3. Get your feet on the floor ASAP.
As soon as your alarm goes off, you need to rotate and plant your feet firmly on the ground so that you’re in the sitting position. I found that when I did that, I rarely ever went back into “five more minutes” mode. It was incredibly easy to hit the snooze button when my phone was within arm’s reach. So to get my feet on the ground, I simply put my phone/alarm somewhere that would force me to walk to turn it off.
4. Run into another room.
The best way to increase your morning energy is to increase the amount of oxygen going to your brain, so you’ve got to get yourself moving.
The first thing I do in the mornings is brush my teeth, so I run to the bathroom. By physically exerting yourself, you increase the amount of blood and oxygen moving throughout your body. The more oxygen flowing through you, the more fuel the brain has, which makes it work better.
Also aim to do at least a 15-minute exercise routine in the mornings, as soon as you get up. You’ll create a positive feedback loop that will solidify the habit of getting up early. When you perform exercise, you get that increased level of brain activity, as well as:
My personal routine is a circuit of 20 squats, 15 pushups, 10 reverse crunches and 5 pullups, repeated as many times as I can in a 15-minute period.
5. Have a reason to wake up early.
Before I go to sleep, I like to think about something exciting that I have planned for the next morning. It could be a new package of bacon in the fridge, used to treat myself to a tasty breakfast. Or it could be getting more time with a book I’m currently reading.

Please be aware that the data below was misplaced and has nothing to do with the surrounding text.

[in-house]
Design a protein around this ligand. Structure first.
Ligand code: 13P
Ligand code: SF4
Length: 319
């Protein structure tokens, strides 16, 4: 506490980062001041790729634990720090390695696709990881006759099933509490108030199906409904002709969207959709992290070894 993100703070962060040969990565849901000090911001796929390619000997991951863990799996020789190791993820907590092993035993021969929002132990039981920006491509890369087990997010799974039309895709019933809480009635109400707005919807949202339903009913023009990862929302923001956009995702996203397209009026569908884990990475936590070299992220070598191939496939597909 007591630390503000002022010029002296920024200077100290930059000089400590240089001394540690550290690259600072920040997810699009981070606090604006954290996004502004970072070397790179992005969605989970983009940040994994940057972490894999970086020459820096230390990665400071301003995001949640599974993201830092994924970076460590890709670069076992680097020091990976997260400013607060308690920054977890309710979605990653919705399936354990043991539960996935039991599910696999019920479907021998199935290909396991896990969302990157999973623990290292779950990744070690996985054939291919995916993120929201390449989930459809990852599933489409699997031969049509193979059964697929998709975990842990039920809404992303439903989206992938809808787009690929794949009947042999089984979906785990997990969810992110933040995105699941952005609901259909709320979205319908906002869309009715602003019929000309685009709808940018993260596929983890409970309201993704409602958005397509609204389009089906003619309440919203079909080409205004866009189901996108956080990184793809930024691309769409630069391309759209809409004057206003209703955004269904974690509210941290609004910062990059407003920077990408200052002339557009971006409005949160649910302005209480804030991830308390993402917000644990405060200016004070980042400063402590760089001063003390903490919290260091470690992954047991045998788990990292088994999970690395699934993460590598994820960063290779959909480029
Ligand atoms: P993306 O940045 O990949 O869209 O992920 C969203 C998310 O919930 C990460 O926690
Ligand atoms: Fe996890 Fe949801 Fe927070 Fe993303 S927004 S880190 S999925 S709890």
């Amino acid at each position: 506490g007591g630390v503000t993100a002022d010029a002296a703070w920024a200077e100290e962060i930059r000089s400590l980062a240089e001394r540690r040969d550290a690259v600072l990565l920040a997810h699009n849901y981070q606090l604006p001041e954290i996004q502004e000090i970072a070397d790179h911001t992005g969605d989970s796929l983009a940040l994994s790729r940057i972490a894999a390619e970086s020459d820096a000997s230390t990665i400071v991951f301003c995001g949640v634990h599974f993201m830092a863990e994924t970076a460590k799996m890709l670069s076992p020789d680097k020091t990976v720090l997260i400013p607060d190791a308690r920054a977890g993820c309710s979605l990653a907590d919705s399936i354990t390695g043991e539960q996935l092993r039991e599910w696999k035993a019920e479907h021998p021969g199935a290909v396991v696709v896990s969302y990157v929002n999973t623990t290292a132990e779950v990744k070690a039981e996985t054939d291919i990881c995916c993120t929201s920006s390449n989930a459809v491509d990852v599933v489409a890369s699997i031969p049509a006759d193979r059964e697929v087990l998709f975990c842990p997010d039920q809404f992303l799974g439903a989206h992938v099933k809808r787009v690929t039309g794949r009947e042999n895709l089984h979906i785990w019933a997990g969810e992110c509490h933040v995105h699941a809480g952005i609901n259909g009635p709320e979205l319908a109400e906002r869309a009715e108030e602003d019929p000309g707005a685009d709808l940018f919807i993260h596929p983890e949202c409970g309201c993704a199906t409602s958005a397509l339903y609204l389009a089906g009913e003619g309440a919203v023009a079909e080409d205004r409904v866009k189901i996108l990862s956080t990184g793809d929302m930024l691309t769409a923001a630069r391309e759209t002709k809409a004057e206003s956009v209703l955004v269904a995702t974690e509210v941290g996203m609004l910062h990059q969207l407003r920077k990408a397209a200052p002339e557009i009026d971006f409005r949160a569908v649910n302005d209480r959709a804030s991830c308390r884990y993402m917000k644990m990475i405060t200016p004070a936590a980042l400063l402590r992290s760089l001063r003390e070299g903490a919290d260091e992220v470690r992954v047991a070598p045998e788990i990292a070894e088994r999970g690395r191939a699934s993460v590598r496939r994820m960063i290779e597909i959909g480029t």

By focusing on the things I’m looking forward to in the morning, I create the idea that I want to wake up early. I also consistently reward myself for waking up at 6 a.m. by doing things that I can only experience early in the morning, such as a full English breakfast at the closest greasy spoon.
One of the biggest changes in my life was becoming an entrepreneur. When I was working in the corporate world, the only reason I justified getting up earlier than I wanted was to avoid reprimand. Now that more of my life is focused on living it the way I want to live, I want to have more time to do things.
Looking back, one of the reasons why I liked staying in bed for as long as possible was because that was my time. It was really the only time I had that was purely mine. Of my week, 60 hours were given to my job or doing job-related tasks, 20 hours were spent commuting and the rest was spent with my friends. My time didn’t feel like my own, and the only time that did feel like mine was when I could be contained within my own thoughts, dreams and aspirations.
All of these techniques were developed because I wanted more time to work on something I’m passionate about. If you don’t have something that you’re passionate about, that makes you excited or that makes you feel like you’ve finally taken control of your life, then you’ll have no real urge to change. So maybe that should be step No. 1.
This article was published in August 2016 and has been updated. Photo by Charday Penn/IStock